It's not a comfortable topic, but it needs to be discussed in a real manner and an adult manner. Not in a I was born in that house that floated out to sea and I demand the taxpayers rebuild it for me, just because way.



posted on May, 12 2011 @ 06:31 PM
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reply to post by Signals
 


You see the historical argument is actually an hysterical argument. Build in a location that floods, simply because it was done before?

As to the Ports, that could be dealt with, without the urban population there. In many cases just a few miles away would be safe.

History does not excuse the insanity of building below sea level in a country, as I mentioned, where the land is mostly unpopulated. I find the historical argument foolish on it's face. I've lived in two cities where while arguing over the historical significance of an old movie theater just like hundreds of others all over the place, they collapsed and settled the argument. In Pocatello, Idaho after raising millions to save an unused old theatre, a minor windstorm brought it down almost killing people.

The importance of history should be in the lessons we learn, not in protecting fragile old poorly built structures just because they are old and irrelevant. It's just people trying to preserve what was while suffering from some form of melancholy about losing their past.

Look at what happened in Spain where a moderate earthquake that should have done zero damage killed people. Why, preserving old failing buildings for historical value
I was fond of a giant stuffed Easter Bunny when I was a child, but I did not keep it after it's ears and eyes fell off and the stuffing came out because the thread was too old.

The tornadoes are something we can not prepare for or predict, but these floods we know for a fact will happen over and over again. Rebuilding becomes insanity at some point.



posted on May, 12 2011 @ 06:33 PM
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reply to post by Blaine91555
 


All of your points are correct, but this has nothing to do with logic.

It's about people and their homes. Some of them 3rd, 4th generation, whatever.

You wouldn't start this thread if we were talking about your hometown. Then logic goes out the window!

And who are we to decide which areas are rebuilt after tragedy and which are not?


edit on 12-5-2011 by Signals because: classified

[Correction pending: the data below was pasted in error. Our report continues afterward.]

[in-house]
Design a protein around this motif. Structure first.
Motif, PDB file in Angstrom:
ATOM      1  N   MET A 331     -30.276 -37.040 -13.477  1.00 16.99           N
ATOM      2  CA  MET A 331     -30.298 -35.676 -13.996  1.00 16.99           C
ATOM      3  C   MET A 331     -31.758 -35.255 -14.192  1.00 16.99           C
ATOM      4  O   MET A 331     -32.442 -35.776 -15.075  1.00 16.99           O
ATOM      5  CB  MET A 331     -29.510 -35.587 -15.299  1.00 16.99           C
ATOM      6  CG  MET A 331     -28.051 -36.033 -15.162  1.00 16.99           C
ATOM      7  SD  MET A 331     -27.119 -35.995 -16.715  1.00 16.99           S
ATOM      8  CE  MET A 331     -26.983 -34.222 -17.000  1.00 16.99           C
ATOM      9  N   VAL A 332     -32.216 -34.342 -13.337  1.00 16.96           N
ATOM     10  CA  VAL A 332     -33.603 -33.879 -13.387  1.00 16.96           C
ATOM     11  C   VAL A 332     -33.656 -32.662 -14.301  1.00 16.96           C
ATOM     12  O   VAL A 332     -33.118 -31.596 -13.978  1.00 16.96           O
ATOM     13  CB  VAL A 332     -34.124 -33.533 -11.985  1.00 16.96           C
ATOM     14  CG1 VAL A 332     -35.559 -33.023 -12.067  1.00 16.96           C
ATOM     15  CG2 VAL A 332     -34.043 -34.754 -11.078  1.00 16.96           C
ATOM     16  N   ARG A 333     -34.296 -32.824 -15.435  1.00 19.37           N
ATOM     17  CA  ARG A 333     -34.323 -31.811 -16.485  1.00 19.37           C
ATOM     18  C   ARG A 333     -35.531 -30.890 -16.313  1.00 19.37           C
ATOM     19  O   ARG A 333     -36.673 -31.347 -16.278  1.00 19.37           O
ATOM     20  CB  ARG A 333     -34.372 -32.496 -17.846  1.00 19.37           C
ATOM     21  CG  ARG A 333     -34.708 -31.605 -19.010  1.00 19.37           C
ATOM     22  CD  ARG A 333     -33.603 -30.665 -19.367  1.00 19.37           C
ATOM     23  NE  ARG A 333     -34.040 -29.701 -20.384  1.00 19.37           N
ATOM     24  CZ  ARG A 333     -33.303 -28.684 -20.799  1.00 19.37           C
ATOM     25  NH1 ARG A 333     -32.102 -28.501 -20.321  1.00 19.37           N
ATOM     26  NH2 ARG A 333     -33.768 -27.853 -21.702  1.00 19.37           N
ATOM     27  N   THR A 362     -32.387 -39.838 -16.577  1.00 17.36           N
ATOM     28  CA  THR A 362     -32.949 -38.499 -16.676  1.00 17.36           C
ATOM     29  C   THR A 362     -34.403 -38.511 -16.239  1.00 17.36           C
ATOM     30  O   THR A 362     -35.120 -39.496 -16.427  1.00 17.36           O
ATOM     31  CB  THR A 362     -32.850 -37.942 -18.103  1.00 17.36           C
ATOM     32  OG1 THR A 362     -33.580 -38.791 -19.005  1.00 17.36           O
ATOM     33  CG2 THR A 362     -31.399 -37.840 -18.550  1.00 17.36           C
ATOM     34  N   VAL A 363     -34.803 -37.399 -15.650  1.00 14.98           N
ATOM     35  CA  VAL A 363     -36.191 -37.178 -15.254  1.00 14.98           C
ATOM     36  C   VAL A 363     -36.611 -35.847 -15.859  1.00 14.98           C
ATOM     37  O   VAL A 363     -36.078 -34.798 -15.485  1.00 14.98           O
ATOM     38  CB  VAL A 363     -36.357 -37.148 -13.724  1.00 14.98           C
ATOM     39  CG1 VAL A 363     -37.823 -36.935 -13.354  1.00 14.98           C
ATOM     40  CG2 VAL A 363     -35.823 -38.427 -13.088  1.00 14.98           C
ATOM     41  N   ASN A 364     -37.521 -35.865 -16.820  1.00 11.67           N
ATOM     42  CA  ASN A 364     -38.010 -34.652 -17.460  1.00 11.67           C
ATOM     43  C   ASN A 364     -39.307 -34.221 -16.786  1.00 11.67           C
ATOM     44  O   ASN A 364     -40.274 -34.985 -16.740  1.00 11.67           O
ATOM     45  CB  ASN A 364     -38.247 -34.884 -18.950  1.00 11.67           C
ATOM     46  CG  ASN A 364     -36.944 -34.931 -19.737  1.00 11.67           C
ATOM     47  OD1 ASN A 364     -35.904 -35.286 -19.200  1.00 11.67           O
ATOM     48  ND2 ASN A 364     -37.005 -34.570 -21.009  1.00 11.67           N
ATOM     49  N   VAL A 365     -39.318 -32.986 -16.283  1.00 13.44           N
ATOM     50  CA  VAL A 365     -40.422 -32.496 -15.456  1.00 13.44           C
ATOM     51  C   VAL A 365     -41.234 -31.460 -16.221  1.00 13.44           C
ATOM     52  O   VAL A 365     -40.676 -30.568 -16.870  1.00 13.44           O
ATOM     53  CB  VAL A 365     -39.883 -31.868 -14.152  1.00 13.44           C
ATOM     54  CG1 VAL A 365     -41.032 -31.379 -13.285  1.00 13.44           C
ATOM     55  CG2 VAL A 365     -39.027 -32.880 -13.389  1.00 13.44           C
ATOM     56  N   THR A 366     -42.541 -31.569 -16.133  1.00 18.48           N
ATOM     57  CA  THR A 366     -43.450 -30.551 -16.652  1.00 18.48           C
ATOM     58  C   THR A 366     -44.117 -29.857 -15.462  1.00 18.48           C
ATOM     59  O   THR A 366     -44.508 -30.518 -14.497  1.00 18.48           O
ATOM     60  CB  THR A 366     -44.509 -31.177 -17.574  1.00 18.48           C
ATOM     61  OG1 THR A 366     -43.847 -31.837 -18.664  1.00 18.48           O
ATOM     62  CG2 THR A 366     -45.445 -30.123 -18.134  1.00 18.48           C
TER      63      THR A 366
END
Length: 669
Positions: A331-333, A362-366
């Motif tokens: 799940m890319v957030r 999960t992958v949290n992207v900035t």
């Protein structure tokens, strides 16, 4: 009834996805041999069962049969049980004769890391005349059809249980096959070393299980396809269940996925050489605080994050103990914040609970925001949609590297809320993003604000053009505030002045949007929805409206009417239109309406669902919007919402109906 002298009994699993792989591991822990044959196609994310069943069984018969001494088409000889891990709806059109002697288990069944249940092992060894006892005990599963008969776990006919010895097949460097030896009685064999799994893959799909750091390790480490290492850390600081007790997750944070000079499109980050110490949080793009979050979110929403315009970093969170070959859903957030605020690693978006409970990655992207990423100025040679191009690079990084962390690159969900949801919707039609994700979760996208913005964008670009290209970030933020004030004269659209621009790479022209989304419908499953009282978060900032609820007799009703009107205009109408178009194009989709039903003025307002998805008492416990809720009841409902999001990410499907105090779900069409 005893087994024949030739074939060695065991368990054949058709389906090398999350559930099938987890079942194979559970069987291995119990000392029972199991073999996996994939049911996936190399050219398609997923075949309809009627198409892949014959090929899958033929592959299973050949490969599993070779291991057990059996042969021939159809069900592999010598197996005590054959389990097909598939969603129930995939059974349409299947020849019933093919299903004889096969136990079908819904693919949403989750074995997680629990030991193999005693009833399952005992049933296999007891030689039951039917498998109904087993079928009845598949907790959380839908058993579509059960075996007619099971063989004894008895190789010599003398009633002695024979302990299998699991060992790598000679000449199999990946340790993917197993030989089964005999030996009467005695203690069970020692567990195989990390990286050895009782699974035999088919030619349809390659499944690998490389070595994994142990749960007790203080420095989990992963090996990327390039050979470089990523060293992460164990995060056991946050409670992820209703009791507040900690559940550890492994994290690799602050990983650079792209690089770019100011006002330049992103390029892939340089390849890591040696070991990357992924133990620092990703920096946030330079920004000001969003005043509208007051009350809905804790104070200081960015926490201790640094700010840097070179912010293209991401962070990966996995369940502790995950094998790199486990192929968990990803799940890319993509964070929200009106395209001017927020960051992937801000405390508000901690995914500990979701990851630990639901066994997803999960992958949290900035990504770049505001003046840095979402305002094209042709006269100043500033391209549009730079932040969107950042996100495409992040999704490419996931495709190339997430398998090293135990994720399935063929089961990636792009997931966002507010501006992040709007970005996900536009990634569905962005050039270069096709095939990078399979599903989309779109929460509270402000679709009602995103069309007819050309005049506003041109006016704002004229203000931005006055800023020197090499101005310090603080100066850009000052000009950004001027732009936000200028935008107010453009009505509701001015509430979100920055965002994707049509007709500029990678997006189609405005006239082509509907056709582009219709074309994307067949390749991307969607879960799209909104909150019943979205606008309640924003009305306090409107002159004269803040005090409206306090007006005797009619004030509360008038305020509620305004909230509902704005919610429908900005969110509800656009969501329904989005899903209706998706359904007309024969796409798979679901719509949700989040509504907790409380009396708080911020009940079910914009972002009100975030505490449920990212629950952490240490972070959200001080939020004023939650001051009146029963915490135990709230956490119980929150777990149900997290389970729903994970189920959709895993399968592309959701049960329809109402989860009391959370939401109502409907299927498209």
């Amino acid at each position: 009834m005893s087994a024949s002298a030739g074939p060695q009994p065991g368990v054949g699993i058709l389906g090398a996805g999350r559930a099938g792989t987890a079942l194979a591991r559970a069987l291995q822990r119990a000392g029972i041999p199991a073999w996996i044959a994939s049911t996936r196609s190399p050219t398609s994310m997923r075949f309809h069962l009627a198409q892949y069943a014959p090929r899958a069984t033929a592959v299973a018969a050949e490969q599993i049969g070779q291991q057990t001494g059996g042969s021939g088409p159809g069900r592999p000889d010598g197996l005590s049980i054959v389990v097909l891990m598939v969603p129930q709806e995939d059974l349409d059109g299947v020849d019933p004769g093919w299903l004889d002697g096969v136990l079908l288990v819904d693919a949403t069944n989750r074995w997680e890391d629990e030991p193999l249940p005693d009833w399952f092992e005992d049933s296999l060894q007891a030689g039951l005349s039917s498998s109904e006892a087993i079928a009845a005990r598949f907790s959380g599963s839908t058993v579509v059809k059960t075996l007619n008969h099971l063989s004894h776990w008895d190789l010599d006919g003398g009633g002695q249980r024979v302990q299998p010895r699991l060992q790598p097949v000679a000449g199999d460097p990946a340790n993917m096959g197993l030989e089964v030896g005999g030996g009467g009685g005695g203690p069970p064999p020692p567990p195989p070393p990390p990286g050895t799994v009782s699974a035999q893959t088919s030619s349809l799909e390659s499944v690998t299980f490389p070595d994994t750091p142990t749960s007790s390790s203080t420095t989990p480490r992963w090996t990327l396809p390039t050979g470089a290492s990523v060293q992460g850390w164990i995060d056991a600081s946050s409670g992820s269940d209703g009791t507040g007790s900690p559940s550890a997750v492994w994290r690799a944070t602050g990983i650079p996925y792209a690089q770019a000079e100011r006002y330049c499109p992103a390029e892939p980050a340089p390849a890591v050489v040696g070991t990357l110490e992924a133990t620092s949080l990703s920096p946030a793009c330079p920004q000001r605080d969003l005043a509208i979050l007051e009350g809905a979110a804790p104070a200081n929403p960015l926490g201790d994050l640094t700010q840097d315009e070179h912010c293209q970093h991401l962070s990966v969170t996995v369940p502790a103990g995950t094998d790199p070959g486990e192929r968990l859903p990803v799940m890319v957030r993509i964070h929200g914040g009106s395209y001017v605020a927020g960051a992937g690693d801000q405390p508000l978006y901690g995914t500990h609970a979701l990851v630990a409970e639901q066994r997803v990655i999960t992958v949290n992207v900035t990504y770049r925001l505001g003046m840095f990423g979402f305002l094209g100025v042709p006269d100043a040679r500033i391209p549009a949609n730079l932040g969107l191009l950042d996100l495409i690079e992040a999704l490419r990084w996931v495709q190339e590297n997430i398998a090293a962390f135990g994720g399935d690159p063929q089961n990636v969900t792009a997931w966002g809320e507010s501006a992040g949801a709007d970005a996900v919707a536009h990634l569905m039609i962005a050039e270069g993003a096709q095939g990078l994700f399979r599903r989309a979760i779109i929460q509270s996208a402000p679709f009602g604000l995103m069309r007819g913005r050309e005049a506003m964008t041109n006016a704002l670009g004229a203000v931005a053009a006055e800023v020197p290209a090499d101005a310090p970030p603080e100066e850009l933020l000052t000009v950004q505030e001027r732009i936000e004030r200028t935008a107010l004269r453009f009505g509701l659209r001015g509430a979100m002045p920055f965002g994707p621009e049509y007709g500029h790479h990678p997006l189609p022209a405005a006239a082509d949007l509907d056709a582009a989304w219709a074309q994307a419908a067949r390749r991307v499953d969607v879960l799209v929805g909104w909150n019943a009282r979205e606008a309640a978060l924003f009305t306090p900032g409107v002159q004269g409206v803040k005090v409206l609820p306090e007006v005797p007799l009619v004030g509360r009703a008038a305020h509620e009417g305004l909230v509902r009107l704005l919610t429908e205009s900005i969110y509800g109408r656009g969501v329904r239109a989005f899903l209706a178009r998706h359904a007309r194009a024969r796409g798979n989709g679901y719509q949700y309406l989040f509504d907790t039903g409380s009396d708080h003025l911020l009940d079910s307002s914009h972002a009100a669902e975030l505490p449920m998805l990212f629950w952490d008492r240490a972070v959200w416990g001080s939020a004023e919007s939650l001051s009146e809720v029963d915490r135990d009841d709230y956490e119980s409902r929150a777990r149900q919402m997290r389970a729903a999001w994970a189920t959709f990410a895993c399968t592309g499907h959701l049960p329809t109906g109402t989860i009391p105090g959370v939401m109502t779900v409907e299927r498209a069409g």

posted on May, 12 2011 @ 06:43 PM
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reply to post by freakshowfatty
 


I can't think of many places that are not prone to natural disasters really (maybe denver?). Its just a part of living on the planet. I prefer hurricanes above all cause you actually have like a week sometimes to prepare.



posted on May, 12 2011 @ 07:00 PM
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I can understand that some people don't have the money or resources to move out of those areas. But for the people that do, I'm sorry but I don't feel bad for them. It is insanity. Like if you know you're going to get burned walking into a fire don't walk into it! If I was living in an area that got hit by a tornado or hurricane every single year or every other year and I had the money or resources to leave you bet your sweet @ss I'm gonna move away from there! my .02
edit on 12-5-2011 by kimish because: (no reason given)



posted on May, 12 2011 @ 07:12 PM
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reply to post by Signals
 


I certainly understand that and I'm empathetic to that. When we let emotion rule our decisions we begin making wrong decisions.

Perhaps a reasonable medium exists. Protect and reinforce a small historical area, but move the population to a safer location. The costs would certainly be much smaller. We simply cannot move the Mississippi or even pretend we can control it.

I know it's easy for me to say, not living on the banks of the Mississippi or on the Delta myself. But perhaps those living there have to many blind spots from emotion.

I did not expect people to agree without discussion and pragmatic thought.

Where we go in the future, who knows?



posted on May, 12 2011 @ 07:15 PM
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reply to post by kimish
 


In my mind, the solution would include a one time sacrifice by all US Citizens to make it possible without hurting innocent people with no other choice. It would be far cheaper than dealing with the cyclical floods.



posted on May, 12 2011 @ 07:15 PM
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I think the way people build is also a problem. People build too permanent. I could live with a nice Tee Pee on a slab and if another storm came I'd just pack up and move, and come back when the water went down. Of course noone thinks like that these days. Everything must be built to last, even though nature is in a permanent state of change.



posted on May, 12 2011 @ 07:22 PM
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reply to post by mayabong
 


True, but those are unpredictable. The floods are very predictable and will happen over and over again. We know where they will happen before they do happen. Even so we continue to build in the locations where we know the floods will happen. I see it as quite different.



posted on May, 12 2011 @ 07:29 PM